While I have other stories that went the opposite, this does happen more often than you think. I had given and invested; he lied and took what I gave him without paying. Granted it was just advice, but still. This situation happened a while ago, but I have been thinking about it a lot lately as we settle into this year’s holiday season. This time of year has always been about peace on earth and good will to all mankind, but over the last few years it has become increasingly a time of fear as people are not sure what to say to each other. Growing trepidation over using religious-centric words such as “Christmas” has limited the ways and amount of joy in which people can celebrate. Stores replaced “Merry Christmas” with “Happy Holidays” and removed Christmas trees and wreaths from their aisles (Forbes). Pretty soon, I wonder if other religiously charged words like LOVE, HOPE and even HOLIDAY (holy-day from the Old English root) will disappear. I am guessing they will be replaced with words like FEAR and PARTISANSHIP.

The word I’d like to focus on today, however, is COURTESY. Yes, I celebrate Christmas and I do like to wish people I meet a Merry Christmas. I also like it when someone who finds joy in wishing me a Happy Hanukkah tells me so. If you have a love in your heart for something, I would hope that you would want to share it. As Penn Teller (a noted atheist) said, “If you believe that there is a Heaven and a Hell, and people could be going to Hell … and you think it’s not really worth telling them this because it would make it socially awkward, … how much do you have to hate somebody to not proselytize? How much do you have to hate somebody to believe that everlasting life is possible and not tell them that? I mean, if I believed beyond a shadow of a doubt that a truck was coming at you and you didn’t believe it … there’s a certain point where I tackle you, and life is more important than that” (Christian Post).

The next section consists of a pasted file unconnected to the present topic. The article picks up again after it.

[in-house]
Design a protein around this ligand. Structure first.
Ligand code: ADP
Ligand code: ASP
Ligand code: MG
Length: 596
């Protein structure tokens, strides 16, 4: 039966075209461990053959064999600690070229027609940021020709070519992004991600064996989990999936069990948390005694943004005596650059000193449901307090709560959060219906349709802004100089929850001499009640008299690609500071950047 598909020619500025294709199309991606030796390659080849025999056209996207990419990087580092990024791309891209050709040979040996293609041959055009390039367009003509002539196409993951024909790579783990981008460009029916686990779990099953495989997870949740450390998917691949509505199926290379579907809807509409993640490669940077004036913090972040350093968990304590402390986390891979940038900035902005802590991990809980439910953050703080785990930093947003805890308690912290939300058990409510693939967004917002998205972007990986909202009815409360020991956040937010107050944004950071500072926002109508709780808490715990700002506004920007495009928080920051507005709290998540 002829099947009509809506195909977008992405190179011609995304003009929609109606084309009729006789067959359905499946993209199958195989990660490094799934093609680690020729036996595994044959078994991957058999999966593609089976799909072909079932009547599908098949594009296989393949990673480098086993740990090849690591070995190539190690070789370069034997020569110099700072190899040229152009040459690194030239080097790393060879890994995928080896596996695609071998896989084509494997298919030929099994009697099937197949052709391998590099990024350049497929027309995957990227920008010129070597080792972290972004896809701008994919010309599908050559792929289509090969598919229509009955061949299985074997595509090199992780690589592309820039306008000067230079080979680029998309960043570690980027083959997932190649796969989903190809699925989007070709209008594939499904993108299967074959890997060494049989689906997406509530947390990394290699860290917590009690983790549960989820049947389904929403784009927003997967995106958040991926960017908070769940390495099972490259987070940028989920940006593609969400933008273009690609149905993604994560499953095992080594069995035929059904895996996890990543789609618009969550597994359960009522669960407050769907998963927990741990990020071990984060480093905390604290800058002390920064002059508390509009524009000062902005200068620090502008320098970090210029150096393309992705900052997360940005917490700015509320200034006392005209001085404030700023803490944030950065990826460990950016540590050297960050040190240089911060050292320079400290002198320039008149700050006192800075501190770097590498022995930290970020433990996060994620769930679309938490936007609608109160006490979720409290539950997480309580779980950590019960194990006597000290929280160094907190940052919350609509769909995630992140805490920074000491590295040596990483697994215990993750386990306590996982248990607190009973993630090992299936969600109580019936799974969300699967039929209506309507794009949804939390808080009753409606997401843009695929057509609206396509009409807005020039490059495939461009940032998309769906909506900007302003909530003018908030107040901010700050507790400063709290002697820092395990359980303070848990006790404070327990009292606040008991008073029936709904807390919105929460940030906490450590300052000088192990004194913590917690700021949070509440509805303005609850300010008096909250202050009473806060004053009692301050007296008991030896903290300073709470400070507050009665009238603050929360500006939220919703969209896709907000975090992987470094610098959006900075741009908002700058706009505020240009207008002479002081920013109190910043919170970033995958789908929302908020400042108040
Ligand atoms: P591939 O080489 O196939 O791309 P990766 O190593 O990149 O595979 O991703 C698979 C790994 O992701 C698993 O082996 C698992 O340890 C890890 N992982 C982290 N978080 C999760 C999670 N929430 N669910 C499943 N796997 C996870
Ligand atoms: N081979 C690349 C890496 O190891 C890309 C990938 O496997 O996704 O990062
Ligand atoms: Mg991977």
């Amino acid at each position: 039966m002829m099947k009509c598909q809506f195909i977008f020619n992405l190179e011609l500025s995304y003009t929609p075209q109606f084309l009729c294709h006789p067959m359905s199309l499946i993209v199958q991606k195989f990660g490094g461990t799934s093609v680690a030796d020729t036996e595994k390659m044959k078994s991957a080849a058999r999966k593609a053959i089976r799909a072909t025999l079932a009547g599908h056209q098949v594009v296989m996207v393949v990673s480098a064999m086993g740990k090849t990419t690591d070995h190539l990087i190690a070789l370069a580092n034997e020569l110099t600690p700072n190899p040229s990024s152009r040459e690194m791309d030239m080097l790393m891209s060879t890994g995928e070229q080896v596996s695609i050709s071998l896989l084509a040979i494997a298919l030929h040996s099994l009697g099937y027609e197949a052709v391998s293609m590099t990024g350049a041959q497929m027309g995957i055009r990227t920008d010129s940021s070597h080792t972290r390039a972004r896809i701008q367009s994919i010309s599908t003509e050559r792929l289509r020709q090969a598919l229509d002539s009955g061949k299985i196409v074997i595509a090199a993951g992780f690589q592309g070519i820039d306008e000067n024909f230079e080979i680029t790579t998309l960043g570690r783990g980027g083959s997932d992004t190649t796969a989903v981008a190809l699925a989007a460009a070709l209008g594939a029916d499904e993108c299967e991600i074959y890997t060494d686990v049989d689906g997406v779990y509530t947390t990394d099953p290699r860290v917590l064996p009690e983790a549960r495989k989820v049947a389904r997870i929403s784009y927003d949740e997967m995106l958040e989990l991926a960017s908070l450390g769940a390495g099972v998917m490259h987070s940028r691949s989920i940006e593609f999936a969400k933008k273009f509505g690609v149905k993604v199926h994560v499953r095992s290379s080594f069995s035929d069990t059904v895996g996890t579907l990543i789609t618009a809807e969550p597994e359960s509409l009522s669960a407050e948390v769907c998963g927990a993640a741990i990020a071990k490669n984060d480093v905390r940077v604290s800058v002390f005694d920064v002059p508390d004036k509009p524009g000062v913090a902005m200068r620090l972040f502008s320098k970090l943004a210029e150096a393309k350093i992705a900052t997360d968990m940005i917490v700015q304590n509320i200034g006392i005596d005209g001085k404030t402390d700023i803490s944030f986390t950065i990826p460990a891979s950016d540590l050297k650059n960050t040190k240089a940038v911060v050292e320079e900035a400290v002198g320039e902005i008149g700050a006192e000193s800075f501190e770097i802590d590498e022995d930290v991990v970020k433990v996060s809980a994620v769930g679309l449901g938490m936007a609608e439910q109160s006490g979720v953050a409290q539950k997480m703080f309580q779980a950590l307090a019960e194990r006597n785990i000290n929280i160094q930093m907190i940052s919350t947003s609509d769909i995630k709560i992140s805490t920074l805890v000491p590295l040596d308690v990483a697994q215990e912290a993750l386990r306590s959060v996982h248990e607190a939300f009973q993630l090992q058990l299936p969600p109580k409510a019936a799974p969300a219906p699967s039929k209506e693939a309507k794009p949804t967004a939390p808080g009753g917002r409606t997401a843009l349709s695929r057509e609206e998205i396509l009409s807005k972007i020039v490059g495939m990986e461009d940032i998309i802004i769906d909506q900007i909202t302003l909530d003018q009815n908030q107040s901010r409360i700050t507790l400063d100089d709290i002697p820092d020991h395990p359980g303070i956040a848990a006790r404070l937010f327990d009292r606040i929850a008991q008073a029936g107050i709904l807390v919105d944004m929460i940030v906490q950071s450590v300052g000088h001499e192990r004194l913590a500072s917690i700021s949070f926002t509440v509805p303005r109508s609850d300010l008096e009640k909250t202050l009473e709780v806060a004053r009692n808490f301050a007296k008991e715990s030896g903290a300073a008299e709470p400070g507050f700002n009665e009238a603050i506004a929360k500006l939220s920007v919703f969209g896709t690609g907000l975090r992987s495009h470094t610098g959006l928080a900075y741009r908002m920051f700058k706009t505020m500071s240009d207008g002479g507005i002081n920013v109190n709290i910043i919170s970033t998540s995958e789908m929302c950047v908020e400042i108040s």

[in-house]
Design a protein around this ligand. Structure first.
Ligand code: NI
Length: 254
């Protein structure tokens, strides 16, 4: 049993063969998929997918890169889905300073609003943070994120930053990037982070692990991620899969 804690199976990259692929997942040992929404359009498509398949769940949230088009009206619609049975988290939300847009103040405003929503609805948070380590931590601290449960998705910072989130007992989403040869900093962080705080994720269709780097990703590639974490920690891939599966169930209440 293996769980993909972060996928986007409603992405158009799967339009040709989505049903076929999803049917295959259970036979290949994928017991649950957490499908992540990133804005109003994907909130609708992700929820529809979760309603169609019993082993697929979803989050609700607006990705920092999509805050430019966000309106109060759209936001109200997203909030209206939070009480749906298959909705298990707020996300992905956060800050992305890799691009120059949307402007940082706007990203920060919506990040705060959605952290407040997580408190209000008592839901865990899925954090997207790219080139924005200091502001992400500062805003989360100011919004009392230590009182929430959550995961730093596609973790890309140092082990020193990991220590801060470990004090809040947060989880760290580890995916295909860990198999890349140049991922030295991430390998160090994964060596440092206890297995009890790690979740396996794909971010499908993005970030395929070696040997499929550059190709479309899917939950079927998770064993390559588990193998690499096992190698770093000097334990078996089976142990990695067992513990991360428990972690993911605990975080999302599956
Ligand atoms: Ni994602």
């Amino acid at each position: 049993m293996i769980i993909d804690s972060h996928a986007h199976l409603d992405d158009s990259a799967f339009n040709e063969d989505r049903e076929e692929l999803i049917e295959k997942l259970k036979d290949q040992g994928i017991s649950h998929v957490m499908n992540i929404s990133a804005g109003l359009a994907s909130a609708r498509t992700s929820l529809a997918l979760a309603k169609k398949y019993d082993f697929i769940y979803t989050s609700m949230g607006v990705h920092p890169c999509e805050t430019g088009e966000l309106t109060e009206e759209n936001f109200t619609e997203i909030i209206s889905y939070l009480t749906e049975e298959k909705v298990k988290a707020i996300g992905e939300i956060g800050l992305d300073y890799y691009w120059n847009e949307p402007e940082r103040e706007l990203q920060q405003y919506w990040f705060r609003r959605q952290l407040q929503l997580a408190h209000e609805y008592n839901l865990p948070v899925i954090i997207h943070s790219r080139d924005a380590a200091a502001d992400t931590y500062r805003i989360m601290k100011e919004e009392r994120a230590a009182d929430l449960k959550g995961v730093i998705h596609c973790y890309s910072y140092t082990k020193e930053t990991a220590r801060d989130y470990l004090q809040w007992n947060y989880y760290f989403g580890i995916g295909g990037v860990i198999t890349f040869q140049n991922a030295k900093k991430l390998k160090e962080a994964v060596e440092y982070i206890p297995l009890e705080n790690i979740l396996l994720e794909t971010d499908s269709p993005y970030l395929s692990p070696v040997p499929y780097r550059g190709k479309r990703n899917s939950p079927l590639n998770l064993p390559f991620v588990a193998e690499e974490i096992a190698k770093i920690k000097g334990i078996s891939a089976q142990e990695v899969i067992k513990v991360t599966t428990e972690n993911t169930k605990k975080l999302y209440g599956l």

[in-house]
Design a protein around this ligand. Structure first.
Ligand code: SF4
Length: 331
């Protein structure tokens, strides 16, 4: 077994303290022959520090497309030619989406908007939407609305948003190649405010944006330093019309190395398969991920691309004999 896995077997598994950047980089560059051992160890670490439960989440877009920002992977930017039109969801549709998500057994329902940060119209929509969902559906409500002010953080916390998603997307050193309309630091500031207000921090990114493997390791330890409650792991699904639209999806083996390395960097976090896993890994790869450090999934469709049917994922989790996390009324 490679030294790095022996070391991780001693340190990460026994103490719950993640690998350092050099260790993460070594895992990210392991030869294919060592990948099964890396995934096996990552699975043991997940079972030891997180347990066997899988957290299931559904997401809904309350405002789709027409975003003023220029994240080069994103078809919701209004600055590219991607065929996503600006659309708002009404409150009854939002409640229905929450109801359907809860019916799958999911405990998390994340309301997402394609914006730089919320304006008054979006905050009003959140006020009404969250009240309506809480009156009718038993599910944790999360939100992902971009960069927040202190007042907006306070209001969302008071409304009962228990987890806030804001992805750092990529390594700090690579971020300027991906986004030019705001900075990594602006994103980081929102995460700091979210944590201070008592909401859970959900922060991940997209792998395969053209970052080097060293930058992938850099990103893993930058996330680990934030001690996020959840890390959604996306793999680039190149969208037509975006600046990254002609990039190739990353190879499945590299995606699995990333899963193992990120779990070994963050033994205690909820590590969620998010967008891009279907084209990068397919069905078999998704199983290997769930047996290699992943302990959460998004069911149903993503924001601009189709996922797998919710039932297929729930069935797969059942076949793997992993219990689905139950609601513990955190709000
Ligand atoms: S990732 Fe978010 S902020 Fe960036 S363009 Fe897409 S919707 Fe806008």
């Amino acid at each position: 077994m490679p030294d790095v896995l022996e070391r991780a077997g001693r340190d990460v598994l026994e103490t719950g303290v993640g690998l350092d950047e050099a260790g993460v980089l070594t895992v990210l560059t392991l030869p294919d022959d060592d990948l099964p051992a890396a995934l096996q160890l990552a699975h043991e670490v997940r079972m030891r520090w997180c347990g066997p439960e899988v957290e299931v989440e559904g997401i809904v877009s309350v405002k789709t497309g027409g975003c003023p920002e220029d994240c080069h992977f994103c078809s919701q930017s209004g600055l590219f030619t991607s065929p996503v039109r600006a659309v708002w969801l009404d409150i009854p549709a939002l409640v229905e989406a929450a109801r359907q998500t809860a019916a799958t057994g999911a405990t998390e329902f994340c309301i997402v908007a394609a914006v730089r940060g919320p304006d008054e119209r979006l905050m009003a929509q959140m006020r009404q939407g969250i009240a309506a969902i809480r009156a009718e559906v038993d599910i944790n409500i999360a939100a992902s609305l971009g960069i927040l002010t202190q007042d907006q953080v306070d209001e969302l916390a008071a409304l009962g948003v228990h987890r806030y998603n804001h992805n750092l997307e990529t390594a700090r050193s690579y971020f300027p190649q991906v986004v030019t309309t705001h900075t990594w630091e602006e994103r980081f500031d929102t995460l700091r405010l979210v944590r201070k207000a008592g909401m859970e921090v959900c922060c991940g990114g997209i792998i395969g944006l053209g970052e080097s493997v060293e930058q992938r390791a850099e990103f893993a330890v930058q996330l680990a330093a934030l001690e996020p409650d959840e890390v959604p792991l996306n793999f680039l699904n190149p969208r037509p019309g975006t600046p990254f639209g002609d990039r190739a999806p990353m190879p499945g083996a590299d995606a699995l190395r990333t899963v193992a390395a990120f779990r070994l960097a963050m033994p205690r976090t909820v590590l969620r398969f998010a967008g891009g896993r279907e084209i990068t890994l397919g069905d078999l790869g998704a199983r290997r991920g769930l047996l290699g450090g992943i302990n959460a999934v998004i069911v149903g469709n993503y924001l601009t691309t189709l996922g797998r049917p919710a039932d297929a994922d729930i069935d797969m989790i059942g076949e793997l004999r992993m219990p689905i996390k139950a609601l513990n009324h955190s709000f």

A Courteous Greeting from this Salesman

I am not looking to start a whirlwind of controversy in regards to the appropriate holiday greeting, but to give people a glimpse into the efforts of this website sales executive so that all people hopefully think twice about the way they speak to any sales representative. Please don’t flippantly cancel meetings or assume our schedule is blank and waiting for you. If you set a time, honor it and stay true to your word. Every salesperson would appreciate a clear “No thank you” as opposed to having to chase an unresponsive prospect. And yes, feel free to share with me the joy ‘or pain in your heart.

Somehow, in our crazy mixed-up world, sharing something you love and care about with another person became offensive. I am not here to argue the act of proselytizing, but simply being courteous to one another. I choose how I respond to other people. I can choose to take that Hanukkah greeting as a friendly statement of brotherly love or as a message of his superiority. I choose to take it as a statement of love. So why the diatribe into holiday greetings?

Because we ultimately CHOOSE how we respond and act towards other people. And all people, even detested salespeople like me (yes, politicians too) are still people. While I cannot speak for every apple in the bunch, I can say that I choose to treat all people I meet with honor and respect. That means replying to an email or phone call in a timely fashion, honoring an appointment time and speaking to other people in LOVE, regardless of the situation. I hope that your days are filled with joy, wonder and smiling faces of the ones you love this Christmas, Hanukkah, Qwanza, Festivus, New Year and all! And also that you choose the COURTEOUS and HONEST path and respond with brotherly love no matter what wish or greeting you are given.

Merry Christmas!

 

Zach Katkin
Zach Katkin
Zach Katkin is the co-founder & CEO of Atilus. He is a Certified Google Professional, author, and lover of technology. He helps Atilus stay out ahead of online marketing trends and loves driving results for Atilus' clients.